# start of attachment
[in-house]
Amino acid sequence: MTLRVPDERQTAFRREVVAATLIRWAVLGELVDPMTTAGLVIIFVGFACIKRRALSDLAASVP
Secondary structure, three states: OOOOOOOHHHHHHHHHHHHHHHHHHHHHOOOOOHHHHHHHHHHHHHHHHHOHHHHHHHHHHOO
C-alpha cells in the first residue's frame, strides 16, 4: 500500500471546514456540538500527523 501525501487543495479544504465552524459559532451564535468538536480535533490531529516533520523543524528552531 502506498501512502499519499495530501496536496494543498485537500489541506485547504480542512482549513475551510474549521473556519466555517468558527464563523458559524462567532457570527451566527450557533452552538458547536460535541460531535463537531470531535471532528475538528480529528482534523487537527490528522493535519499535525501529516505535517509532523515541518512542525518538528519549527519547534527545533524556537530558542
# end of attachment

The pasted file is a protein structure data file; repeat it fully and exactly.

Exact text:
[in-house]
Amino acid sequence: MTLRVPDERQTAFRREVVAATLIRWAVLGELVDPMTTAGLVIIFVGFACIKRRALSDLAASVP
Secondary structure, three states: OOOOOOOHHHHHHHHHHHHHHHHHHHHHOOOOOHHHHHHHHHHHHHHHHHOHHHHHHHHHHOO
C-alpha cells in the first residue's frame, strides 16, 4: 500500500471546514456540538500527523 501525501487543495479544504465552524459559532451564535468538536480535533490531529516533520523543524528552531 502506498501512502499519499495530501496536496494543498485537500489541506485547504480542512482549513475551510474549521473556519466555517468558527464563523458559524462567532457570527451566527450557533452552538458547536460535541460531535463537531470531535471532528475538528480529528482534523487537527490528522493535519499535525501529516505535517509532523515541518512542525518538528519549527519547534527545533524556537530558542